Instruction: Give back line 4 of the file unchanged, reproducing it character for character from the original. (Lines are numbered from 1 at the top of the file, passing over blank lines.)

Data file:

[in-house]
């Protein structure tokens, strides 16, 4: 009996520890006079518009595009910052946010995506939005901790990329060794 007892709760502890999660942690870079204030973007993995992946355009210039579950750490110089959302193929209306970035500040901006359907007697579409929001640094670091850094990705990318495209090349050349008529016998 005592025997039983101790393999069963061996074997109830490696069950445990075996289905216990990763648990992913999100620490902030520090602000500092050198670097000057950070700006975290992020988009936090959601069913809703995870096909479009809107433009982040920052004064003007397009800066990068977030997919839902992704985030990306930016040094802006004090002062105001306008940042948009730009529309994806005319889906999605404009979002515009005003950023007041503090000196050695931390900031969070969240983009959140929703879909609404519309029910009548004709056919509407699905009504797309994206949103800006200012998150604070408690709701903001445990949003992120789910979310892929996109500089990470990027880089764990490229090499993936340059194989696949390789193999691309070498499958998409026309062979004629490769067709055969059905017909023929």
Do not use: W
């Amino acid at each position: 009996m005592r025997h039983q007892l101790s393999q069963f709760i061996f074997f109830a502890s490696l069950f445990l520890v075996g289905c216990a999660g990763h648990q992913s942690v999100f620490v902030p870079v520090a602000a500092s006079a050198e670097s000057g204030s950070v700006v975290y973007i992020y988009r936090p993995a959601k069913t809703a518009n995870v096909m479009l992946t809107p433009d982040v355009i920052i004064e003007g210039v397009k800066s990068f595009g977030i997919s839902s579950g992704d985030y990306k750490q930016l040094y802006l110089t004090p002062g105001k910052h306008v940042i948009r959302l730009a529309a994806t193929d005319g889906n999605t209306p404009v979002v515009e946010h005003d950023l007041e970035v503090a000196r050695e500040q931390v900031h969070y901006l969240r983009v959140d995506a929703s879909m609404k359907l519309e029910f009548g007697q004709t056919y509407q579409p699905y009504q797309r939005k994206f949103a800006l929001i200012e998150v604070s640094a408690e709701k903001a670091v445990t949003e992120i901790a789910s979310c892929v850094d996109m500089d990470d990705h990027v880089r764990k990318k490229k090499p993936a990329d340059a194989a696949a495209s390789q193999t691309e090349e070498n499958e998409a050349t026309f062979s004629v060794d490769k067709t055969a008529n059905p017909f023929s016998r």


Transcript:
């Amino acid at each position: 009996m005592r025997h039983q007892l101790s393999q069963f709760i061996f074997f109830a502890s490696l069950f445990l520890v075996g289905c216990a999660g990763h648990q992913s942690v999100f620490v902030p870079v520090a602000a500092s006079a050198e670097s000057g204030s950070v700006v975290y973007i992020y988009r936090p993995a959601k069913t809703a518009n995870v096909m479009l992946t809107p433009d982040v355009i920052i004064e003007g210039v397009k800066s990068f595009g977030i997919s839902s579950g992704d985030y990306k750490q930016l040094y802006l110089t004090p002062g105001k910052h306008v940042i948009r959302l730009a529309a994806t193929d005319g889906n999605t209306p404009v979002v515009e946010h005003d950023l007041e970035v503090a000196r050695e500040q931390v900031h969070y901006l969240r983009v959140d995506a929703s879909m609404k359907l519309e029910f009548g007697q004709t056919y509407q579409p699905y009504q797309r939005k994206f949103a800006l929001i200012e998150v604070s640094a408690e709701k903001a670091v445990t949003e992120i901790a789910s979310c892929v850094d996109m500089d990470d990705h990027v880089r764990k990318k490229k090499p993936a990329d340059a194989a696949a495209s390789q193999t691309e090349e070498n499958e998409a050349t026309f062979s004629v060794d490769k067709t055969a008529n059905p017909f023929s016998r």